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  • Writer's pictureBob Brooks

When Will Prices/Inflation Ever Go Back Down?


This week, the monthly inflation report showed the problem has not even started to go away. You don't need a doctorate in economics to know that to be true. So, when will prices ever go back down? For example, when will the 20% plus inflation rate go down at the Grocery Store?


Don't Look to The Government for Answers


Yes, the government publishes reports monthly on the state of inflation. I wish those government reports were true. We could all live with those government-reported numbers. The truth is that the government numbers, for the most part, come from an alternative reality. They couldn't even be further from the truth.


Normal Increase in Prices


Prices should never go back below the level they were in 2020. If we didn't have inflation, we still would have an acceptable increase in prices with the normal year-in and year-out cost of living adjustments. Prices tend to go up on small margins each year under normal conditions.


Supply and Demand has the Answer


Prices go up because of limited supply. If there are fewer Big Macs available nationwide at McDonald's and there is demand for Big Macs, then the prices of a Big Mac will go up. After all, why would a McDonald's owner sell a Big Mac for $3 when a consumer is willing to pay up to $5 for a Big Mac due to limited supply? So, the price adjusts upward.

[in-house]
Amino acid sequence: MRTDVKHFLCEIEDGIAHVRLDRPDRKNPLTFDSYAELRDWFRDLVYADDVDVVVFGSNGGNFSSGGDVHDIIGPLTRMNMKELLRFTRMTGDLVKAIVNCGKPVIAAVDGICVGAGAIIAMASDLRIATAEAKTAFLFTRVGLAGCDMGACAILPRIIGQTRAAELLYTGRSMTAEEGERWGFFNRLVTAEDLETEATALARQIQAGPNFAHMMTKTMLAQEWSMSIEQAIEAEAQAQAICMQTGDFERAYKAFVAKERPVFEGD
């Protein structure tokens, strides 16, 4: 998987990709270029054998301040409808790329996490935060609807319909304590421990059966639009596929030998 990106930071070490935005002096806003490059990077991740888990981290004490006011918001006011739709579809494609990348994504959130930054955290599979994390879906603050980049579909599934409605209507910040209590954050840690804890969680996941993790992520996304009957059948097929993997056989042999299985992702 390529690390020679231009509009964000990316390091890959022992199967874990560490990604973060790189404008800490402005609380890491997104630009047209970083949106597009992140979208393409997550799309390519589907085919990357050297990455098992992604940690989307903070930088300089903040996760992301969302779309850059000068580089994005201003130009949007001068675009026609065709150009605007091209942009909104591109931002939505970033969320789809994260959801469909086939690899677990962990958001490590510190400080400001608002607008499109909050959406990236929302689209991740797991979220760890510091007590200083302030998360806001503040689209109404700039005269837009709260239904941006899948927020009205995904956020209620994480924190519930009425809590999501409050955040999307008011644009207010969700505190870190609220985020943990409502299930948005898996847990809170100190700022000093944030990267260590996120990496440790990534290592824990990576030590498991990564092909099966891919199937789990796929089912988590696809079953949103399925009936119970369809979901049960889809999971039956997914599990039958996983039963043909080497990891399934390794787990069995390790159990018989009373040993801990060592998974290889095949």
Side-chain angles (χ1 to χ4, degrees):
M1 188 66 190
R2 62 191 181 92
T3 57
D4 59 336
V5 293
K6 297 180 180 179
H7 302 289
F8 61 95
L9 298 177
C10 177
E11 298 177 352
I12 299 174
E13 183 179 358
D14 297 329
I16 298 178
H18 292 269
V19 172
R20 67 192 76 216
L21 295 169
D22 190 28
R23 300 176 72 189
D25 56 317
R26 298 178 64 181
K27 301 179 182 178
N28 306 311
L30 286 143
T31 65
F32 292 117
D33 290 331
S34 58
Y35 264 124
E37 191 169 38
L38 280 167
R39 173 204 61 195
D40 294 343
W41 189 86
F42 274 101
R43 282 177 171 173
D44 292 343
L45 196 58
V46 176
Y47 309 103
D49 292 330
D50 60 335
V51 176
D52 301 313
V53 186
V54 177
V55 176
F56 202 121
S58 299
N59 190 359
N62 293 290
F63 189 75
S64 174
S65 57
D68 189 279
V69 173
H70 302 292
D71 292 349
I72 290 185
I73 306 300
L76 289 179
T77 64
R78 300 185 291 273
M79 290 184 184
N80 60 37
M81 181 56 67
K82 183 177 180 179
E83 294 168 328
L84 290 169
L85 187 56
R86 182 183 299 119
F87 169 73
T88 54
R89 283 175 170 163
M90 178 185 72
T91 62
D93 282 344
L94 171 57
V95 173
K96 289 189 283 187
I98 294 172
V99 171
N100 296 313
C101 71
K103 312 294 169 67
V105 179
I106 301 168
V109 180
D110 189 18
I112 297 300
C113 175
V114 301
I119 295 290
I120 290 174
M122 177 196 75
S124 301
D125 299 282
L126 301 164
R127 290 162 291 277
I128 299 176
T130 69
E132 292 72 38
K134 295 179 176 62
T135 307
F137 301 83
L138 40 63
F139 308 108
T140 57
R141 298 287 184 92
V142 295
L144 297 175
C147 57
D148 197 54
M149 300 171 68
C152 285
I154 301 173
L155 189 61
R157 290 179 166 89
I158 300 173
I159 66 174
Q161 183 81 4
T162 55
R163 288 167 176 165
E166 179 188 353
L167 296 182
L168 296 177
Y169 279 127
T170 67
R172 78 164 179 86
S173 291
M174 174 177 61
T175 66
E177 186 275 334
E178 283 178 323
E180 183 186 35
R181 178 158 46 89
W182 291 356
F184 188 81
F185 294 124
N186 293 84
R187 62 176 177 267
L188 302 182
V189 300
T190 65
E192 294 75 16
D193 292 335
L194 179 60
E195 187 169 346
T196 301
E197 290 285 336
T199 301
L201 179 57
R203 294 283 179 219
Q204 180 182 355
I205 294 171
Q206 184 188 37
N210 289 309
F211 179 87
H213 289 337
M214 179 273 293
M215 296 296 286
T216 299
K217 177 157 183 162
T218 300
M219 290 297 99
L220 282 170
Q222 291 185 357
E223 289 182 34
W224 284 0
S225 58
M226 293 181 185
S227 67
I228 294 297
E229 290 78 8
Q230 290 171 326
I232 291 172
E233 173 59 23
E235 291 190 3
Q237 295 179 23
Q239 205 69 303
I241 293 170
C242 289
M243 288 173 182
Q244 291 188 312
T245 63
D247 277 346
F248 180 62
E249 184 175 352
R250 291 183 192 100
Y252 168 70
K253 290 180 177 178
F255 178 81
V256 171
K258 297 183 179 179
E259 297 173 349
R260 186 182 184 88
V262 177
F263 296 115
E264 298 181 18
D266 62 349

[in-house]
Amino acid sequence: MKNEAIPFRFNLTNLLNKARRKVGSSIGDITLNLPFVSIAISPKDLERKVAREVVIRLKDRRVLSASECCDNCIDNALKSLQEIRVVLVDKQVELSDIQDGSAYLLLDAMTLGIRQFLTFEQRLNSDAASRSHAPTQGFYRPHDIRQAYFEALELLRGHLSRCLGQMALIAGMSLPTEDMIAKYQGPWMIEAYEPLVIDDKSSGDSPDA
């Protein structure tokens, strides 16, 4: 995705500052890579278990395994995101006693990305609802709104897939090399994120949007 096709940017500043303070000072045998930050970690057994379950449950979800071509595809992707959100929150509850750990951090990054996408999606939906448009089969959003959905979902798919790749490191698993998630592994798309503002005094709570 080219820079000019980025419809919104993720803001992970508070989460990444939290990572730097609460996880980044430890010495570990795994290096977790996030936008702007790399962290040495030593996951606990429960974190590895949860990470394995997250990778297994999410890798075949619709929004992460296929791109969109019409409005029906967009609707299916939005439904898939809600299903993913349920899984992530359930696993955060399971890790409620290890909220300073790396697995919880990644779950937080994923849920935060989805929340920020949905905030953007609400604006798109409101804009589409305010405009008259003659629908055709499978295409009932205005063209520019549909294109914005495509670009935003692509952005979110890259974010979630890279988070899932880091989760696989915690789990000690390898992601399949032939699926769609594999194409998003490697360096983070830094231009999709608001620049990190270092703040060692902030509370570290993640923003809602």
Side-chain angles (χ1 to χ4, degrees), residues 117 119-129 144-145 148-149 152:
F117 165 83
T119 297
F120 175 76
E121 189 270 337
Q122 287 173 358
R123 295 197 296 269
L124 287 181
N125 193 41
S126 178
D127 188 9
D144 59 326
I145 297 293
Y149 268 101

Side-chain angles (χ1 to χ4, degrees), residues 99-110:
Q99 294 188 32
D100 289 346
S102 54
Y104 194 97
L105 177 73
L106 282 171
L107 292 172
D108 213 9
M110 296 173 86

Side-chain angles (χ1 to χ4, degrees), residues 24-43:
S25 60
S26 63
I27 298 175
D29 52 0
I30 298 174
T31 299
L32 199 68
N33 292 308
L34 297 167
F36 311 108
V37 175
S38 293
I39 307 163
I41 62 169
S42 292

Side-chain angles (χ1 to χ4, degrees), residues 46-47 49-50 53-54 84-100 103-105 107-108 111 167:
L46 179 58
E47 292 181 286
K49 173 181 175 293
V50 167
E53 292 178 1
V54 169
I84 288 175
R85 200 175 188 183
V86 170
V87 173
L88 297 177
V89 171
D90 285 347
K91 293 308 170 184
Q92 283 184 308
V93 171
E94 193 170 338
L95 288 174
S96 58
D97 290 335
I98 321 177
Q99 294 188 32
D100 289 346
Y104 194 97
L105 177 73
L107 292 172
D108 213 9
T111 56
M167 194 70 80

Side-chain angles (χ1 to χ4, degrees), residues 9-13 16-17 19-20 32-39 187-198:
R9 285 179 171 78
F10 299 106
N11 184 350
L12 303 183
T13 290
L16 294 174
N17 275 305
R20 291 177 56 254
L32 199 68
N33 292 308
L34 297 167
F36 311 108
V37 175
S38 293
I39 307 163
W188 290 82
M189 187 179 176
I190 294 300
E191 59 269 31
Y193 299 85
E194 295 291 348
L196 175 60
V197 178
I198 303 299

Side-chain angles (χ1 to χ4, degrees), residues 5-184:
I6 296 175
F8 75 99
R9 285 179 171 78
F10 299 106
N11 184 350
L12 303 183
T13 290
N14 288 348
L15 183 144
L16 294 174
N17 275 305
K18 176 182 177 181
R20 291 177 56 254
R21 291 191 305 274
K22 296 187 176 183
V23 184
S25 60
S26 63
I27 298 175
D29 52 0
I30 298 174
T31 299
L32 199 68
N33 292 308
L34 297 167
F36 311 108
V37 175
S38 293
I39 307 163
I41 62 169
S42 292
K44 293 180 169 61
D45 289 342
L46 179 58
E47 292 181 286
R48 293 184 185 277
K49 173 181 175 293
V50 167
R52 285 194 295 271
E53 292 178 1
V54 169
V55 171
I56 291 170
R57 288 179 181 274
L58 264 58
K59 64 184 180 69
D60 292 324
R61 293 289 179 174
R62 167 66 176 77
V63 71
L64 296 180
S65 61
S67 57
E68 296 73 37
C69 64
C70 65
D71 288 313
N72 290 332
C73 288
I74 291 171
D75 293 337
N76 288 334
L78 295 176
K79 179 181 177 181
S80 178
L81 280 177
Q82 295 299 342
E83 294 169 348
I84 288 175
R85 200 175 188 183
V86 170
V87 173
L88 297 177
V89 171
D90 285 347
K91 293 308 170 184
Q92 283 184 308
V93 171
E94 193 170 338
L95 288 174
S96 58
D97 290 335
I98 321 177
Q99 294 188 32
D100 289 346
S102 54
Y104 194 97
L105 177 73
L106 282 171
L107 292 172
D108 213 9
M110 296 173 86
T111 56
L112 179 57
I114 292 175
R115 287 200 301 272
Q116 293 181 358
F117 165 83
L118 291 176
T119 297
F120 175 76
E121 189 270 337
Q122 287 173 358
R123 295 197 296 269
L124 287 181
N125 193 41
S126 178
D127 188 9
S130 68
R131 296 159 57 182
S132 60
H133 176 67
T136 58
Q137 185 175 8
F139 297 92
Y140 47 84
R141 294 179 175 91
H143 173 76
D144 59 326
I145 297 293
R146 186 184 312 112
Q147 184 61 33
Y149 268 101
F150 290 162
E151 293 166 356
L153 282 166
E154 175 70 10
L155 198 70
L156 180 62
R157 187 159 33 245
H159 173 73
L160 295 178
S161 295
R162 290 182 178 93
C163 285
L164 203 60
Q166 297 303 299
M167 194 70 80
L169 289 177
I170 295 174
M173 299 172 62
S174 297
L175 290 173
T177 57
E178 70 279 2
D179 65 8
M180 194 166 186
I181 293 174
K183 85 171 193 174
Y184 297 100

This is the economic state we are currently facing. Consumers in mass have not begun to boycott Big Macs. They are willing to pay higher prices. However, there comes a breaking point where the demand decreases. If that happened, then McDonald's owners would be forced to lower prices to the point that they could create demand once again and still make a profit. The price for a Big Mac would settle in on an acceptable level, forcing overall inflation to go down.


We are assuming that the owners can reduce the prices of Big Macs. There are other factors that create higher prices that could still restrict supply - it is complicated. For example, a food shortage would affect supply, as well as prices, preventing a Mcdonald's owner from reducing prices. Remember, they have costs that they have to cover to run a business


Take restaurants, for example. People are still eating out despite paying over 20% more than they used to pay. When the customers stop lining up at the door, restaurants will lower their prices to create demand.

Unfortunately, it might take an economic recession along with high unemployment to decrease demand and normalize pricing.

Is there any good news?


I think so. Prices (for the most part) appear to have stabilized, which is good, and started to come down a little. That is step one in a return to normalcy. We would have a real problem if prices were still going up.


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